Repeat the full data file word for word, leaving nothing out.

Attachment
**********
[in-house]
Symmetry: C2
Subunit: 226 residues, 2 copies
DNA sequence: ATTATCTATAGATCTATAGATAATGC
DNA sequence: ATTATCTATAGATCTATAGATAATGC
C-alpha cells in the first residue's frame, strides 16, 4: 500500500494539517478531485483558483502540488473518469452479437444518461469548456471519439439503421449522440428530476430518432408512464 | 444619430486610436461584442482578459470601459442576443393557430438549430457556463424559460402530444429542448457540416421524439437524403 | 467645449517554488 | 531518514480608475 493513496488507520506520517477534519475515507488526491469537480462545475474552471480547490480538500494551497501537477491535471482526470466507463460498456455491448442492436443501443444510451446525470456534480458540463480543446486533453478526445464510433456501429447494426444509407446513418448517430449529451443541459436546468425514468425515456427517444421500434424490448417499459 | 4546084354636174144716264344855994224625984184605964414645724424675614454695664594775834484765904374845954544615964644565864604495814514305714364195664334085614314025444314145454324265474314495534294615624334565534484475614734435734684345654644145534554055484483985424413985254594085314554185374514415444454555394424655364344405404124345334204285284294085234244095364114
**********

[in-house]
Symmetry: C2
Subunit: 226 residues, 2 copies
DNA sequence: ATTATCTATAGATCTATAGATAATGC
DNA sequence: ATTATCTATAGATCTATAGATAATGC
C-alpha cells in the first residue's frame, strides 16, 4: 500500500494539517478531485483558483502540488473518469452479437444518461469548456471519439439503421449522440428530476430518432408512464 | 444619430486610436461584442482578459470601459442576443393557430438549430457556463424559460402530444429542448457540416421524439437524403 | 467645449517554488 | 531518514480608475 493513496488507520506520517477534519475515507488526491469537480462545475474552471480547490480538500494551497501537477491535471482526470466507463460498456455491448442492436443501443444510451446525470456534480458540463480543446486533453478526445464510433456501429447494426444509407446513418448517430449529451443541459436546468425514468425515456427517444421500434424490448417499459 | 4546084354636174144716264344855994224625984184605964414645724424675614454695664594775834484765904374845954544615964644565864604495814514305714364195664334085614314025444314145454324265474314495534294615624334565534484475614734435734684345654644145534554055484483985424413985254594085314554185374514415444454555394424655364344405404124345334204285284294085234244095364114